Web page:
... the antiquated idea that woman is only fit for a plaything or a household drudge. Nor can I see how it is less dignified to go to a public building to deposit a vote than to frequent the concert-room, whirl through the waltz in happy repose on some roue's bosom, or mingle in any public crowd which is, in modern times, quite admissible in polite society. Dethrone the idol and raise the soul to its true and noble elevation, supported on a foundation of undying ...
— History of Woman Suffrage, Volume II • Elizabeth Cady Stanton, Susan B. Anthony, and Matilda Joslyn Gage

... nuage de poudre, Par un galop precipite, Aussi promptement que la foudre Comme il est doux d'etre emporte! Le sable bruit sous la roue, Le vent autour de vous se joue; Je veux voir des sites nouveaux: ...
— French Lyrics • Arthur Graves Canfield

... entertaining, and most profitable, and not in the least risky. Immediately after the adventure with the advertiser, Mary decided that a certain General Hastings would make an excellent sacrifice on the altar of justice—and to her own financial profit. The old man was a notorious roue, of most unsavory reputation as a destroyer of innocence. It was probable that he would easily fall a victim to the ingenuous charms of Aggie. As for that precocious damsel, she would run no least risk of destruction by the satyr. So, presently, there were elaborate plottings. ...
— Within the Law - From the Play of Bayard Veiller • Marvin Dana

... think it is," retorted Betty. "Mark me, doctor, Dorothy will not put up an instant with a roue and a brute." ...
— The Crossing • Winston Churchill

... throws light on another curious and shameful page of French history. The 'roue,' by which word now is meant a man of profligate character and conduct, is properly and primarily one broken on the wheel. Its present and secondary meaning it derived from that Duke of Orleans who was Regent of France after the death of Lewis XIV. It was his miserable ambition to gather ...
— On the Study of Words • Richard C Trench

... ff. there is developed a piece of faithful and entertaining character-drawing, as the old roue Lysidamus fawns upon his militant spouse Cleostrata, with ...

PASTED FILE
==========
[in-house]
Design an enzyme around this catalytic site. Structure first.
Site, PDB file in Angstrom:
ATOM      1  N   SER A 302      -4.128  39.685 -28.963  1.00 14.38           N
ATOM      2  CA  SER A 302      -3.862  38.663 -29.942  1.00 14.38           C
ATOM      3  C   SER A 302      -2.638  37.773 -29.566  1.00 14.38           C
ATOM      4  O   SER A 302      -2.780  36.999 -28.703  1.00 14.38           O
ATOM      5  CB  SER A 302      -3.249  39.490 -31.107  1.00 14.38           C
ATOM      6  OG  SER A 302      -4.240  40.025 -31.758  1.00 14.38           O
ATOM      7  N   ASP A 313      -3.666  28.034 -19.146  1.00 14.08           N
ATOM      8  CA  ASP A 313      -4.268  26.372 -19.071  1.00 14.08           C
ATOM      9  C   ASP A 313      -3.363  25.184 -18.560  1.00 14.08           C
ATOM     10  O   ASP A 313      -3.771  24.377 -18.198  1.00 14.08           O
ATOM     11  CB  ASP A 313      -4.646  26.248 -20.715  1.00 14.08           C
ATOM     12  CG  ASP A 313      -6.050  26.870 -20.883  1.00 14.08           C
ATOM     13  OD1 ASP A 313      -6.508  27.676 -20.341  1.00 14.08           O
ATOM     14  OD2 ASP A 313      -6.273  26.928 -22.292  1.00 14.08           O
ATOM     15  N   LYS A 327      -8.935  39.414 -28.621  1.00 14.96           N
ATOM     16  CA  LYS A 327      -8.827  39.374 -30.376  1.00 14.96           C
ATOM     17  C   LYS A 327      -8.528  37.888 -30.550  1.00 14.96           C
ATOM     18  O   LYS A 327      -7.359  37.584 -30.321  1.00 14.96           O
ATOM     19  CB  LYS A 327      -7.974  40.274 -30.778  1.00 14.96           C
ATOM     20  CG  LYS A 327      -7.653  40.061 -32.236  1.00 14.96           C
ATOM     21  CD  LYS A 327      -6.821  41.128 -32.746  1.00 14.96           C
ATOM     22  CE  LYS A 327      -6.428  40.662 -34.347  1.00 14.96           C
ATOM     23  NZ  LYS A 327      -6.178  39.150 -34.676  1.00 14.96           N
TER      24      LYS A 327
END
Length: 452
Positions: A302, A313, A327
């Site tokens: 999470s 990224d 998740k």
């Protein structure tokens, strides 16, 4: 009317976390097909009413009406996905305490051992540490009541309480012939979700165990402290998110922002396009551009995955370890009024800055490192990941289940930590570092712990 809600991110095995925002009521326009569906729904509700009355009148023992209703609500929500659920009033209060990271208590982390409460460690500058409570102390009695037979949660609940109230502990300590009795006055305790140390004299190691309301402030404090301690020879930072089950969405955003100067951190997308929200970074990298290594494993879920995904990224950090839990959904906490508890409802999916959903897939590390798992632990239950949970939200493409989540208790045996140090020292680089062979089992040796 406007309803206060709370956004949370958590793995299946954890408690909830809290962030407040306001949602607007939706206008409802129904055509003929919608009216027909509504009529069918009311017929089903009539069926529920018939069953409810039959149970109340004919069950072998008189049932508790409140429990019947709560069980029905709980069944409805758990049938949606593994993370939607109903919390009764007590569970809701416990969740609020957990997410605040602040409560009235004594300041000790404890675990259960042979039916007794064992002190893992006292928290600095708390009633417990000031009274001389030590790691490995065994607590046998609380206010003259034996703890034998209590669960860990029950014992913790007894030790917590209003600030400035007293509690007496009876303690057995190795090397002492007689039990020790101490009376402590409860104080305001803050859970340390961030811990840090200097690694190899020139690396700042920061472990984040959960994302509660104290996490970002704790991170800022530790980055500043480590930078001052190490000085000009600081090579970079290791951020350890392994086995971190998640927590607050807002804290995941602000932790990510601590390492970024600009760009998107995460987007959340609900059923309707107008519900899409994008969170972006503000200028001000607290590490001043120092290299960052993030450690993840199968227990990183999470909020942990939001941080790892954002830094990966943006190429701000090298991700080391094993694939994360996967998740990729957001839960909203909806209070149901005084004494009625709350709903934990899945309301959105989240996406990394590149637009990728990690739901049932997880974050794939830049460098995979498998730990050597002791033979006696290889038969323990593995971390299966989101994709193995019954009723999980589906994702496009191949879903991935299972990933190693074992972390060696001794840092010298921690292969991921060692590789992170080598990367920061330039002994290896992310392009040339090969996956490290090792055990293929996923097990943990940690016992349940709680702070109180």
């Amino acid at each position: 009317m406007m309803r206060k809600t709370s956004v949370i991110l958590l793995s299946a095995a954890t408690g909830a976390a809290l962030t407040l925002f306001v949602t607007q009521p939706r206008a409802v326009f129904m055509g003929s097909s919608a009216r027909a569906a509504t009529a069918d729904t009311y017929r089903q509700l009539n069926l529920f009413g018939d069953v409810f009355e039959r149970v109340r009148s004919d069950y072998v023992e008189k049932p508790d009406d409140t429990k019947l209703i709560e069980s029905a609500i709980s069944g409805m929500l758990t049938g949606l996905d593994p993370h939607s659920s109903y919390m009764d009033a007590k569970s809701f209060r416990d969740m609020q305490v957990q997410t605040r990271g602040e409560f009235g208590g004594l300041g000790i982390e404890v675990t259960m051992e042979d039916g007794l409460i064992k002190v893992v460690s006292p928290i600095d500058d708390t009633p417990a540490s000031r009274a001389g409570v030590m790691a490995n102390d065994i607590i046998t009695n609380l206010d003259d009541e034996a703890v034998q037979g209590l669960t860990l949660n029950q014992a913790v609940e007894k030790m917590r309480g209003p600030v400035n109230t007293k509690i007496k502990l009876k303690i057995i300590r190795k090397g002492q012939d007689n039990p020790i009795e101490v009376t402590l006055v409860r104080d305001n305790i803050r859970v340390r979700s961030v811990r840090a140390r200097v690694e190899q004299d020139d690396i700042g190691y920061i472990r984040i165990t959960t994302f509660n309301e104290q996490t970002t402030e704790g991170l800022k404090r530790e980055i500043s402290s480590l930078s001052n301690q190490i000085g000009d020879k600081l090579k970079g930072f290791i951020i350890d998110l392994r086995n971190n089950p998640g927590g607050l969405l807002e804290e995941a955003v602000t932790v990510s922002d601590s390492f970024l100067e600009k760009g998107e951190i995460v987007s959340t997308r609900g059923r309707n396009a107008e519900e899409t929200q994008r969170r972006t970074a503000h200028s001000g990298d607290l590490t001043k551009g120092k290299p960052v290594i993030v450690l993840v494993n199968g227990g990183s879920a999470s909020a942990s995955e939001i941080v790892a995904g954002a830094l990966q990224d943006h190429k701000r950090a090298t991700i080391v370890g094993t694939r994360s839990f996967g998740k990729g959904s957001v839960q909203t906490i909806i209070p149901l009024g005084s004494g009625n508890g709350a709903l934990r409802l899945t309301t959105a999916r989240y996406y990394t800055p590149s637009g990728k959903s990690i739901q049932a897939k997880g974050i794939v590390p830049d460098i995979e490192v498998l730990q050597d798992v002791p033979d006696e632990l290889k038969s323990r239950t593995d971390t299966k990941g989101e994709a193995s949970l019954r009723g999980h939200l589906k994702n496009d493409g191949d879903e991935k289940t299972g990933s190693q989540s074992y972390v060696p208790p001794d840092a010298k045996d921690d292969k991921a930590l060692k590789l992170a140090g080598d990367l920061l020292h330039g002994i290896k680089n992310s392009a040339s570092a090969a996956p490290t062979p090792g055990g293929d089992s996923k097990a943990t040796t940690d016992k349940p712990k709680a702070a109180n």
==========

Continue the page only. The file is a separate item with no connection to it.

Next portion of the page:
— The Dramatic Values in Plautus • Wilton Wallace Blancke

... malitia, was on thine muthe. wickedness ripe luthernesse ripe. was in thy mouth. noldest thu on thine huse. 225 Thou wouldst not in thy house herborwen theo wrecchen. shelter the poor, ne mihten heo under thine roue. nor might they under thy roof none reste finden. find any rest; noldest thu naefre helpen. nor wouldst thou ever help tham orlease wrecchen. 230 the unhappy wretches; ac thu sete on thine benche. but thou sate on thy bench, underleid mid ...
— The Departing Soul's Address to the Body • Anonymous

... such embarrassments, as there is also in the excitement of drink. But then, at last, the time does come when the excitement is over, and when nothing but the misery is left. If there be an existence of wretchedness on earth it must be that of the elderly, worn-out roue, who has run this race of debt and bills of accommodation and acceptances—of what, if we were not in these days somewhat afraid of good broad English, we might call lying and swindling, falsehood and fraud—and who, having ruined all whom he should ...
— Framley Parsonage • Anthony Trollope

... of Lola's debut one of the omnibus-boxes was occupied by Lord Ranelagh, a raffish mid-Victorian roue, who had brought with him a select party of "Corinthians" in frilled shirts and flowered waistcoats. It was observed that he paid but languid attention to the opera. As soon, however, as the promised novelty, El Oleano, was reached, he exhibited a sudden interest ...
— The Magnificent Montez - From Courtesan to Convert • Horace Wyndham



Words linked to "Roue" :   profligate, rakehell, rounder, libertine, debauchee